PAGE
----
a[d] = $(this).attr(d);
                    e.push(a)
                }) : b.each(function(a) {
                    $elmRet = [];
                    for (var b = 0, d = this.attributes, f = d.length; b < f; b++) a = d[b], $elmRet[a.name] = a.value;
                    e.push({
                        elm: $(this),
                        index: $(this).index(),
                        attrs: $elmRet
                    });
                    $(this).data("attrList", e)
                });
                return e
            }
            return "Error: Cannot find Selector"
        }
    }), $.fn.extend({
        getAttrs: function() {
            var a = [$(this)];
            if (arguments.length)
                for (x in arguments) a.push(arguments[x]);
            return $.getAttrs.apply($, a)
        }
    }))
})(jQuery);

Complied

;;(function(c){c.getAttrs||(c.extend({getAttrs:function(){var a=arguments,d,b;if(a.length)for(x in a)switch(typeof a[x]){case "object":a[x]instanceof jQuery&&(b=a[x]);break;case "string":b?d||(d=a[x]):b=c(a[x])}if(b instanceof jQuery){if(1==b.length){for(var e=[],f=0,g=b[0].attributes,h=g.length;f<h;f++)a=g[f],e[a.name]=a.value;b.data("attrList",e);d&&"all"!=d&&(e=b.attr(d));for(x in e)e.length++}else e=[],d&&"all"!=d?b.each(function(a){a={elm:c(this),index:c(this).index()};a[d]=c(this).attr(d);e.push(a)}):b.each(function(a){$elmRet=[];for(var b=0,d=this.attributes,f=d.length;b<f;b++)a=d[b],$elmRet[a.name]=a.value;e.push({elm:c(this),index:c(this).index(),attrs:$elmRet});c(this).data("attrList",e);for(x in $elmRet)$elmRet.length++});return e}return"Error: Cannot find Selector"}}),c.fn.extend({getAttrs:function(){var a=[c(this)];if(arguments.length)for(x in arguments)a.push(arguments[x]);return c.getAttrs.apply(c,a)}}))})(jQuery);

jsFiddle

/*  BEGIN PLUGIN  */
;;(function($) {
	$.getAttrs || ($.extend({
		getAttrs: function() {
			var a = arguments,
				c, b;
			if (a.length)
				for (x in a) switch (typeof a[x]) {
					case "object":
						a[x] instanceof f && (b = a[x]);
						break;
					case "string":
						b ? c || (c = a[x]) : b = $(a[x])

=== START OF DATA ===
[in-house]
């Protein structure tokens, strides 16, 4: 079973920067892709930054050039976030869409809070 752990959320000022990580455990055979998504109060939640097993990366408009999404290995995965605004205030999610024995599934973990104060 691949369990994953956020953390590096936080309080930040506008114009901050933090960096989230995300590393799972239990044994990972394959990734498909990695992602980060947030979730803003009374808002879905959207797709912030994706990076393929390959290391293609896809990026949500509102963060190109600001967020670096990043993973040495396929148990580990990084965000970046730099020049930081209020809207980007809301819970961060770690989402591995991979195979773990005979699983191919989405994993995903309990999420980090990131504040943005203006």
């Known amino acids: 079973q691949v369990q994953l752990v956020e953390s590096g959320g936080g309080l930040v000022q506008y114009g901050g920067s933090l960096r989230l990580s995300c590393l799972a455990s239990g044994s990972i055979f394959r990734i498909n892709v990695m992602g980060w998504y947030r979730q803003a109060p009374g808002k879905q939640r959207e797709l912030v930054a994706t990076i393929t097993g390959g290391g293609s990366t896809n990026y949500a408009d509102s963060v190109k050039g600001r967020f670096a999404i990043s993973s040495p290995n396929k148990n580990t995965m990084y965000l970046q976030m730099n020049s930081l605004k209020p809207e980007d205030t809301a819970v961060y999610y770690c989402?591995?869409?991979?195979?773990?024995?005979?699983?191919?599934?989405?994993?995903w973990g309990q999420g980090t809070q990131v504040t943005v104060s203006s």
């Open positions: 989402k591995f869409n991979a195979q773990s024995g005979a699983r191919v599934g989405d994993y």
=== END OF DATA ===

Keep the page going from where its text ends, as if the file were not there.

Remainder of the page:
}
			if (b instanceof f) {
				if (1 == b.length) {
					for (var d = [], e = 0, g = b[0].attributes, h = g.length; e < h; e++) a = g[e], d[a.name] = a.value;
					b.data("attrList", d);
					c && "all" != c && (d = b.attr(c));
					for (x in d) d.length++
				} else d = [], c && "all" != c ? b.each(function(a) {
					a = {
						elm: $(this),
						index: $(this).index()
					};
					a[c] = $(this).attr(c);
					d.push(a)
				}) : b.each(function(a) {
					$elmRet = [];
					for (var b = 0, c = this.attributes, e = c.length; b < e; b++) a = c[b], $elmRet[a.name] = a.value;
					d.push({
						elm: $(this),
						index: $(this).index(),
						attrs: $elmRet
					});
					$(this).data("attrList", d);
					for (x in $elmRet) $elmRet.length++
				});
				return d
			}
			return "Error: Cannot find Selector"
		}
	}), $.fn.extend({
		getAttrs: function() {
			var a = [$(this)];
			if (arguments.length)
				for (x in arguments) a.push(arguments[x]);
			return $.getAttrs.apply($, a)
		}
	}))
})(jQuery);
/*  END PLUGIN  */
/*--------------------*/
$('#bob').attr('bob', 'bill');
console.log($('#bob'))
console.log(new Array(50).join(' -'));
console.log($('#bob').getAttrs('id'));
console.log(new Array(50).join(' -'));
console.log($.getAttrs('#bob'));
console.log(new Array(50).join(' -'));
console.log($.getAttrs('#bob', 'name'));
console.log(new Array(50).join(' -'));
console.log($.getAttrs('*', 'class'));
console.log(new Array(50).join(' -'));
console.log($.getAttrs('p'));
console.log(new Array(50).join(' -'));
console.log($('#bob').getAttrs('all'));
console.log($('*').getAttrs('all'));
<script src="https://ajax.googleapis.com/ajax/libs/jquery/1.9.1/jquery.min.js"></script>
All of below is just for stuff for plugin to test on. See developer console for more details.
<hr />
<div id="bob" class="wmd-button-bar"><ul id="wmd-button-row-27865269" class="wmd-button-row" style="display:none;">
<div class="post-text" itemprop="text">